Japan plans to increase its use of hydrogen from 2 million tonnes a year to 12 million by 2040, The Japan Times reports.
The policy envisages $113bn of investment from the public and private sectors over the next 15 years.
Prime Minister Fumio Kishida told a cabinet meeting yesterday that the plan would be enshrined in the country’s hydrogen strategy by the end of next month.
A new type of government bond, called “GX bonds”, denoting green transformation, will help raise the cash.
“It is necessary to use GX bonds and prompt investment from the private sector to promote decarbonisation in Japan,” Kishida said.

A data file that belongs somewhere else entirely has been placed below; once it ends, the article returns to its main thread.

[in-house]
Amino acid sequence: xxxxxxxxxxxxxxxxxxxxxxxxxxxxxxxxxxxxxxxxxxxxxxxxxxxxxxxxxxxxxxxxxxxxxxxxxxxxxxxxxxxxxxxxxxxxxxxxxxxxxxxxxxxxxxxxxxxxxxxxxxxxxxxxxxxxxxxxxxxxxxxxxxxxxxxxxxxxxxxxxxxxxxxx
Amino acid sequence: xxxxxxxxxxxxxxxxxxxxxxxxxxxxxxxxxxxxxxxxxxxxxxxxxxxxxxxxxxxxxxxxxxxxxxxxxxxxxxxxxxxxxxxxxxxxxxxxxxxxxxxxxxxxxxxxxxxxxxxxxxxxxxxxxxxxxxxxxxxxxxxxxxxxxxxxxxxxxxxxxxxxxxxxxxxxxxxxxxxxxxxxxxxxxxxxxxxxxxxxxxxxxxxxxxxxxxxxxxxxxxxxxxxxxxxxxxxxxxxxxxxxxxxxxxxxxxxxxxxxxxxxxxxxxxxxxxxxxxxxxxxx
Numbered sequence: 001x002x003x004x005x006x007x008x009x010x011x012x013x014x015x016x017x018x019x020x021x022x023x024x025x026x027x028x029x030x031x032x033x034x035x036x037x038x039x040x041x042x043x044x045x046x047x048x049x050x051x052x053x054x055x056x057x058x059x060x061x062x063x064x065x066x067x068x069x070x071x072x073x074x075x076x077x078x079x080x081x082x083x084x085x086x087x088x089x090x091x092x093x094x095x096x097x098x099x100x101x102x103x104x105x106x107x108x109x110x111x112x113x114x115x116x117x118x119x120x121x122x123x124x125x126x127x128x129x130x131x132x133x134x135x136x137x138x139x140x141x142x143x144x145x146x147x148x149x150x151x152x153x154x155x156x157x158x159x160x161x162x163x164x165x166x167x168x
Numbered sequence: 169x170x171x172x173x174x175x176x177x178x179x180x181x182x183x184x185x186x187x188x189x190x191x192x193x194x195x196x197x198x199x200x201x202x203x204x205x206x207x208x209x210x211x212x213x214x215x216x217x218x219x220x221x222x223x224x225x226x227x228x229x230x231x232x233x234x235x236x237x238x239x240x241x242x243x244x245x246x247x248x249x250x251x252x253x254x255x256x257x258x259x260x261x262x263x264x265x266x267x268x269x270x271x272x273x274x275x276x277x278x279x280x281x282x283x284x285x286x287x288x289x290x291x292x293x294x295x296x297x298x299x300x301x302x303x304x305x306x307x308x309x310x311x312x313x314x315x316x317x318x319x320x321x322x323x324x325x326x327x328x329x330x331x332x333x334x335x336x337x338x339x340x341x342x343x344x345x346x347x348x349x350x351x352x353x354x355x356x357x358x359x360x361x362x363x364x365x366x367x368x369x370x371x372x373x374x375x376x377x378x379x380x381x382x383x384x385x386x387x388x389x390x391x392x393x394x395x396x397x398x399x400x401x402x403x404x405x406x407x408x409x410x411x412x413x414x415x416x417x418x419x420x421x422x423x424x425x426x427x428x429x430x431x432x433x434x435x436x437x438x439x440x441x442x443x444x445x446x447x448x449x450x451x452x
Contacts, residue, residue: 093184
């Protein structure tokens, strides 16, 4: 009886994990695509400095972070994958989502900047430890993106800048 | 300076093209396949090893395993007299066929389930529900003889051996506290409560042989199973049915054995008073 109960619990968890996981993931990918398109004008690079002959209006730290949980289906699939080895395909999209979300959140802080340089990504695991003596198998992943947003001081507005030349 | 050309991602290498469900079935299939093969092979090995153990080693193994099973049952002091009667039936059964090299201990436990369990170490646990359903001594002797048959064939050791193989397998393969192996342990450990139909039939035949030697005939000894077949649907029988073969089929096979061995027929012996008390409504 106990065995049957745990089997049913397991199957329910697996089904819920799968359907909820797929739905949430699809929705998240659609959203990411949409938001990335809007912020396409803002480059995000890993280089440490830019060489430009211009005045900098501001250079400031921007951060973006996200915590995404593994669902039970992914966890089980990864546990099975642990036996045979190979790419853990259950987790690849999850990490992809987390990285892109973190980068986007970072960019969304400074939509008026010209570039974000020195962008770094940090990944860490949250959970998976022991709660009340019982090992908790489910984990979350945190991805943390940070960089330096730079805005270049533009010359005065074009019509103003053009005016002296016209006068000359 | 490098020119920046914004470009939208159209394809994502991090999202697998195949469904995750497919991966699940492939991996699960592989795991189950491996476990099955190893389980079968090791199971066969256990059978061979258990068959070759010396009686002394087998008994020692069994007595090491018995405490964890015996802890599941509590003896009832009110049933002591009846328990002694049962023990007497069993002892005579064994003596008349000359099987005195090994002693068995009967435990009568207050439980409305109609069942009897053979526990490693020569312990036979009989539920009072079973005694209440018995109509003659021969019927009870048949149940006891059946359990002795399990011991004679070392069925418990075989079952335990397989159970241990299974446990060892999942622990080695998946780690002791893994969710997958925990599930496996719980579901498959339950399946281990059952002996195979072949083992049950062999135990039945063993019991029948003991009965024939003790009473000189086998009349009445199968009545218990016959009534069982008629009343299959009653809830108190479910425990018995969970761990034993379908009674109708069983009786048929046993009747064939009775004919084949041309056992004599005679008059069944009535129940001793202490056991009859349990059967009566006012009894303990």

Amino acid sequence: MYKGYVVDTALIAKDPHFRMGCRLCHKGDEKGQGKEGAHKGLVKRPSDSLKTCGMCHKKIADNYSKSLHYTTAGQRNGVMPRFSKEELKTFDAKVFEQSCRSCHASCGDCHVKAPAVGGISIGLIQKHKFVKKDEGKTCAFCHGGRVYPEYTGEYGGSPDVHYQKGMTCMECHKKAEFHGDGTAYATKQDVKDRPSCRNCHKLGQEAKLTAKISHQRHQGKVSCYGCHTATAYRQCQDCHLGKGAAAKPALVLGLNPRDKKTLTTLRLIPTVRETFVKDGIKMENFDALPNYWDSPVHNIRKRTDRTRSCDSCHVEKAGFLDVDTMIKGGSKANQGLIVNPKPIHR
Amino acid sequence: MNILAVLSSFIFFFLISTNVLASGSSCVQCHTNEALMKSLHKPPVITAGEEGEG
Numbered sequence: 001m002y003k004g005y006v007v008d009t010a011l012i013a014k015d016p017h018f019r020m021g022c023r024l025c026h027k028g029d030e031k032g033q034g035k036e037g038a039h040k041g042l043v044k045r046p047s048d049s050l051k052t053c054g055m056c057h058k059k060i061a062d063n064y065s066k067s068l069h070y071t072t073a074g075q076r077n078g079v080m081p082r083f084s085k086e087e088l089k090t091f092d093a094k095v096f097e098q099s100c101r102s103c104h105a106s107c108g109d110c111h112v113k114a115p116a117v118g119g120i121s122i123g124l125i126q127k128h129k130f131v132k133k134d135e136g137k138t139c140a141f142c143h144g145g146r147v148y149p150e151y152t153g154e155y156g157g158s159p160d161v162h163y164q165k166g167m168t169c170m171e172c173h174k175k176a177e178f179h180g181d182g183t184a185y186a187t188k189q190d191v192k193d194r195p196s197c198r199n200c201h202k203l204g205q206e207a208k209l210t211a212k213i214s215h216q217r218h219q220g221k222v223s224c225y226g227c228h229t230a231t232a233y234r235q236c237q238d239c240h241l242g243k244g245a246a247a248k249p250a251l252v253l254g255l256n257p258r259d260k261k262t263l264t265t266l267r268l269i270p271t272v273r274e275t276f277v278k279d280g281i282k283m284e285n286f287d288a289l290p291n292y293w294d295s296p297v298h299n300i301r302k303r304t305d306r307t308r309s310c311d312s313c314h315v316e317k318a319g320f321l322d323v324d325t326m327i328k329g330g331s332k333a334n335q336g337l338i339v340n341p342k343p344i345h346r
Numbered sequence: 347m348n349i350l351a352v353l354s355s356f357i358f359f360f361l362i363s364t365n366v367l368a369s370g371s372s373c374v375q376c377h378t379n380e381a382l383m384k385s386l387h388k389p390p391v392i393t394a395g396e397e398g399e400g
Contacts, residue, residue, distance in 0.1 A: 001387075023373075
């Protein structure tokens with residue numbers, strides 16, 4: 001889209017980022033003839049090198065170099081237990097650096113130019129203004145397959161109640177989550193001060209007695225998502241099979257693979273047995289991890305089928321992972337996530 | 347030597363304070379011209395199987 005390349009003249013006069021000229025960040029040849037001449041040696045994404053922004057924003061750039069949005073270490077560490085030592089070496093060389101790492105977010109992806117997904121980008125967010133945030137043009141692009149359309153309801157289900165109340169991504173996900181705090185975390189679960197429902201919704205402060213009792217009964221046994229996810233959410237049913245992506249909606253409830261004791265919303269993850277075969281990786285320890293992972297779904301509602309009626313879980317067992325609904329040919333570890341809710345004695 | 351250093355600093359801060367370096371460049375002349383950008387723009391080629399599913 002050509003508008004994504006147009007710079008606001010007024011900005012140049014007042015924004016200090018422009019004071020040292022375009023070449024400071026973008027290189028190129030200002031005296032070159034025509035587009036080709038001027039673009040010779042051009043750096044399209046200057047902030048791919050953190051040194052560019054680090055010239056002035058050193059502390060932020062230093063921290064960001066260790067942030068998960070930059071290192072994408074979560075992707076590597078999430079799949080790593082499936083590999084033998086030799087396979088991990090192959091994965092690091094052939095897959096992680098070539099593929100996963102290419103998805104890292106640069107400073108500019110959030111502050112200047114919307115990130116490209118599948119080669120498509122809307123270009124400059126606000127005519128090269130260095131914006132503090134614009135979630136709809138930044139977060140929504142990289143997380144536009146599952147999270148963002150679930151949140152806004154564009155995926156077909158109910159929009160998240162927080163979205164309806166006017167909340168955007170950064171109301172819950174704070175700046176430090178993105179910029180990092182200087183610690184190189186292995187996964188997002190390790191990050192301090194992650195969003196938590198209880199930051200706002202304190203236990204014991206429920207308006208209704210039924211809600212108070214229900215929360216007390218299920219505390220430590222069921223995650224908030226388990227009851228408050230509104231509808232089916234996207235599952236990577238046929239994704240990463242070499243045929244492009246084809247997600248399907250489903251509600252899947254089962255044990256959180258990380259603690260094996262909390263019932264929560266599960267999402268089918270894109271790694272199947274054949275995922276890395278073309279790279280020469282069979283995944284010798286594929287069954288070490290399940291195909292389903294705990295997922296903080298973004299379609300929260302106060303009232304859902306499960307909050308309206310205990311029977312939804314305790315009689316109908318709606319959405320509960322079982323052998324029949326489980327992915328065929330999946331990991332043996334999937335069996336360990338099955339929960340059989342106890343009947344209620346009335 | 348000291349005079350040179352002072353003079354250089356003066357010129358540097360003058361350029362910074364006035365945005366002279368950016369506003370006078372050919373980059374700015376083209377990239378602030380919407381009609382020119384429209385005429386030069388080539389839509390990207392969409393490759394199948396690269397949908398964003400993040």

Japan expects to issue GX bonds worth some $150bn from October.
The policy will involve building supply chains to provide more hydrogen in collaboration with Australia, as well as Middle Eastern and other Asian countries.
Last month, Japan announced the launch of a hydrogen supply chain with Australia.
It will also use hydrogen for electricity generation and vehicle fuel cells. Mitsubishi Heavy Industries has been a world leader in the development of gas turbines for use in hydrogen-fuelled power stations.
The increased use of hydrogen is an element in Japan’s plan to achieve net zero for greenhouse gas emissions by 2050.
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